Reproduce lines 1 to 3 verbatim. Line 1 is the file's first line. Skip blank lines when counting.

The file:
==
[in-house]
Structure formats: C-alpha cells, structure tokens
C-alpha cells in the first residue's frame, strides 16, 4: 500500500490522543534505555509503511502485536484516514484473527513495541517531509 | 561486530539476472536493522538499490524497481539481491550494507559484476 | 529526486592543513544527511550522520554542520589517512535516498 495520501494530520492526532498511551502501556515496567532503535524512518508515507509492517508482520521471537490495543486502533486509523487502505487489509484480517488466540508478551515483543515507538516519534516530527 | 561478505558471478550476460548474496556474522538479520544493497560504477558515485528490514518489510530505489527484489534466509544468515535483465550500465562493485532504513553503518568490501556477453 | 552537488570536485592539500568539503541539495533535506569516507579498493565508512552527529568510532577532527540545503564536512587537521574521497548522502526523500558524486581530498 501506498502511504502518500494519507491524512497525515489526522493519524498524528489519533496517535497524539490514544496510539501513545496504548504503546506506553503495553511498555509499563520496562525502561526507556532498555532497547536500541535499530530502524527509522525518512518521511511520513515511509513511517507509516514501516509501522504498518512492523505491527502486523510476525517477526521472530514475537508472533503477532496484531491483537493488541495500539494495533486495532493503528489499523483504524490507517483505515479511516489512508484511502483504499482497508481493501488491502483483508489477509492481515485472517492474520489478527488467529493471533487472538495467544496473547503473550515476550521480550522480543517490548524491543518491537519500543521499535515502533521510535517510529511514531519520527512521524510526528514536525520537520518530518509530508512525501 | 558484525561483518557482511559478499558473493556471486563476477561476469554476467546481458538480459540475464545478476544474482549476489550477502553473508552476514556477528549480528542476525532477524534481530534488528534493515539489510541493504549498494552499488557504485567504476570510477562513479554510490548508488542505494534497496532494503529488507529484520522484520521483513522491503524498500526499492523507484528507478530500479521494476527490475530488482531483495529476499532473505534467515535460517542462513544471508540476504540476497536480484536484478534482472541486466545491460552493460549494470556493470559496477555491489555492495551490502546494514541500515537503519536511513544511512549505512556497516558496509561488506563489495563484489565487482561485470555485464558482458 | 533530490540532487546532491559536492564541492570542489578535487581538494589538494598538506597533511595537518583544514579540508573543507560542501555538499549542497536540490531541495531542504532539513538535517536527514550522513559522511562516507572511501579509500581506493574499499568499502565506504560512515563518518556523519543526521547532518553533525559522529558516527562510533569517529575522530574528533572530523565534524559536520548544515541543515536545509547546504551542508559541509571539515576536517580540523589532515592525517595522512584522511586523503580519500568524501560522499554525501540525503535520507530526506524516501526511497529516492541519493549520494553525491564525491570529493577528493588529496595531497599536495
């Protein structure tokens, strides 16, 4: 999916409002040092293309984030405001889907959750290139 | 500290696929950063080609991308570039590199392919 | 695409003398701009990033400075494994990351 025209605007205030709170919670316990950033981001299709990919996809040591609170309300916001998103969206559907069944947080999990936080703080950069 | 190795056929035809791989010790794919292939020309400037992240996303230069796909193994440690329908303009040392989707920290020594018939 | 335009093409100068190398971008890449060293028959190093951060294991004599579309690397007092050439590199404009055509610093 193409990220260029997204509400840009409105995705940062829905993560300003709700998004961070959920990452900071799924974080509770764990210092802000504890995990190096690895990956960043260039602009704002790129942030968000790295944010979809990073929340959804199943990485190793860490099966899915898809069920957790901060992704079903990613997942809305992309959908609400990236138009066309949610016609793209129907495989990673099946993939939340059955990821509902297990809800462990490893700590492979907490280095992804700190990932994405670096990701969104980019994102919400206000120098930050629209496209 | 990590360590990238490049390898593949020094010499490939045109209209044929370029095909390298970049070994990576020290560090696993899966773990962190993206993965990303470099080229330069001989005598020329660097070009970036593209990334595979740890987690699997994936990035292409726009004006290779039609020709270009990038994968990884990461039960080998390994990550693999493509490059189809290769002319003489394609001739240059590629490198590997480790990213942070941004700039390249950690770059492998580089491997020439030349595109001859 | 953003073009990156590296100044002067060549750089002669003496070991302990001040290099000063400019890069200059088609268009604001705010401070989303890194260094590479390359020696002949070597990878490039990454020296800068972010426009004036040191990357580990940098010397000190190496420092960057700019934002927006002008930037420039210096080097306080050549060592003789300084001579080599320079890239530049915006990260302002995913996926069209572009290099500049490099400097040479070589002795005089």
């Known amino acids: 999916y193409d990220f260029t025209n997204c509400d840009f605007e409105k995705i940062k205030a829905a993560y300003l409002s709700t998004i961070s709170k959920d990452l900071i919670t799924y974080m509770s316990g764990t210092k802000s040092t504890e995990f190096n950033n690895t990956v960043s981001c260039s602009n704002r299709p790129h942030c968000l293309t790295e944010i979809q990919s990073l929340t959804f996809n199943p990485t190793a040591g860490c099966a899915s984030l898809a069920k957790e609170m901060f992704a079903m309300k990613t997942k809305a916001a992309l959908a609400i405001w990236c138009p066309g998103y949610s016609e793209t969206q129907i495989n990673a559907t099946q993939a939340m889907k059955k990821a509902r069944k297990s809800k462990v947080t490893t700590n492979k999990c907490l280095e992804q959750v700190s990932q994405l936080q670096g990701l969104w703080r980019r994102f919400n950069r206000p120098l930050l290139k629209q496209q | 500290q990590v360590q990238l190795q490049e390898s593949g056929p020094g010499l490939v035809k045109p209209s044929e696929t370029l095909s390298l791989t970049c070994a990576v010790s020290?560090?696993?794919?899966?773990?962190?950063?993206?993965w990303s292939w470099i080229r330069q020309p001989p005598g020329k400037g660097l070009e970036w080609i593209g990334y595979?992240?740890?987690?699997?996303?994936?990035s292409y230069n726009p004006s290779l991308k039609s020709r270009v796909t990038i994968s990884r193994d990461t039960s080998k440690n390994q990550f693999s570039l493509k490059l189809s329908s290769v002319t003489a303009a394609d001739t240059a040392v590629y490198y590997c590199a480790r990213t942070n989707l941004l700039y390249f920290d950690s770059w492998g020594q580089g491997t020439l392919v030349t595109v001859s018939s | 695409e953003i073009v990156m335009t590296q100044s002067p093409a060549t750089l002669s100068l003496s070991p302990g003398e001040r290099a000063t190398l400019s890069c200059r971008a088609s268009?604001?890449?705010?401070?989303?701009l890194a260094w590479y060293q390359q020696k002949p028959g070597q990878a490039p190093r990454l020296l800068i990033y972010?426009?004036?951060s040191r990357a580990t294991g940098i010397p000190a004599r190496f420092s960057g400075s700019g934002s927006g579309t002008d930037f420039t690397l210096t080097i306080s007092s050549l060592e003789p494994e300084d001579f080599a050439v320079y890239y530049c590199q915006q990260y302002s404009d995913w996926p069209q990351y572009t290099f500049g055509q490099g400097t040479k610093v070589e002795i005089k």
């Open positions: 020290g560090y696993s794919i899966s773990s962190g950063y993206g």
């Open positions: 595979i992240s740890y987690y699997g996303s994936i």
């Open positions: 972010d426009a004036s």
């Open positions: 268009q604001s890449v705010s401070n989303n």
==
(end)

[in-house]
Structure formats: C-alpha cells, structure tokens
C-alpha cells in the first residue's frame, strides 16, 4: 500500500490522543534505555509503511502485536484516514484473527513495541517531509 | 561486530539476472536493522538499490524497481539481491550494507559484476 | 529526486592543513544527511550522520554542520589517512535516498 495520501494530520492526532498511551502501556515496567532503535524512518508515507509492517508482520521471537490495543486502533486509523487502505487489509484480517488466540508478551515483543515507538516519534516530527 | 561478505558471478550476460548474496556474522538479520544493497560504477558515485528490514518489510530505489527484489534466509544468515535483465550500465562493485532504513553503518568490501556477453 | 552537488570536485592539500568539503541539495533535506569516507579498493565508512552527529568510532577532527540545503564536512587537521574521497548522502526523500558524486581530498 501506498502511504502518500494519507491524512497525515489526522493519524498524528489519533496517535497524539490514544496510539501513545496504548504503546506506553503495553511498555509499563520496562525502561526507556532498555532497547536500541535499530530502524527509522525518512518521511511520513515511509513511517507509516514501516509501522504498518512492523505491527502486523510476525517477526521472530514475537508472533503477532496484531491483537493488541495500539494495533486495532493503528489499523483504524490507517483505515479511516489512508484511502483504499482497508481493501488491502483483508489477509492481515485472517492474520489478527488467529493471533487472538495467544496473547503473550515476550521480550522480543517490548524491543518491537519500543521499535515502533521510535517510529511514531519520527512521524510526528514536525520537520518530518509530508512525501 | 558484525561483518557482511559478499558473493556471486563476477561476469554476467546481458538480459540475464545478476544474482549476489550477502553473508552476514556477528549480528542476525532477524534481530534488528534493515539489510541493504549498494552499488557504485567504476570510477562513479554510490548508488542505494534497496532494503529488507529484520522484520521483513522491503524498500526499492523507484528507478530500479521494476527490475530488482531483495529476499532473505534467515535460517542462513544471508540476504540476497536480484536484478534482472541486466545491460552493460549494470556493470559496477555491489555492495551490502546494514541500515537503519536511513544511512549505512556497516558496509561488506563489495563484489565487482561485470555485464558482458 | 533530490540532487546532491559536492564541492570542489578535487581538494589538494598538506597533511595537518583544514579540508573543507560542501555538499549542497536540490531541495531542504532539513538535517536527514550522513559522511562516507572511501579509500581506493574499499568499502565506504560512515563518518556523519543526521547532518553533525559522529558516527562510533569517529575522530574528533572530523565534524559536520548544515541543515536545509547546504551542508559541509571539515576536517580540523589532515592525517595522512584522511586523503580519500568524501560522499554525501540525503535520507530526506524516501526511497529516492541519493549520494553525491564525491570529493577528493588529496595531497599536495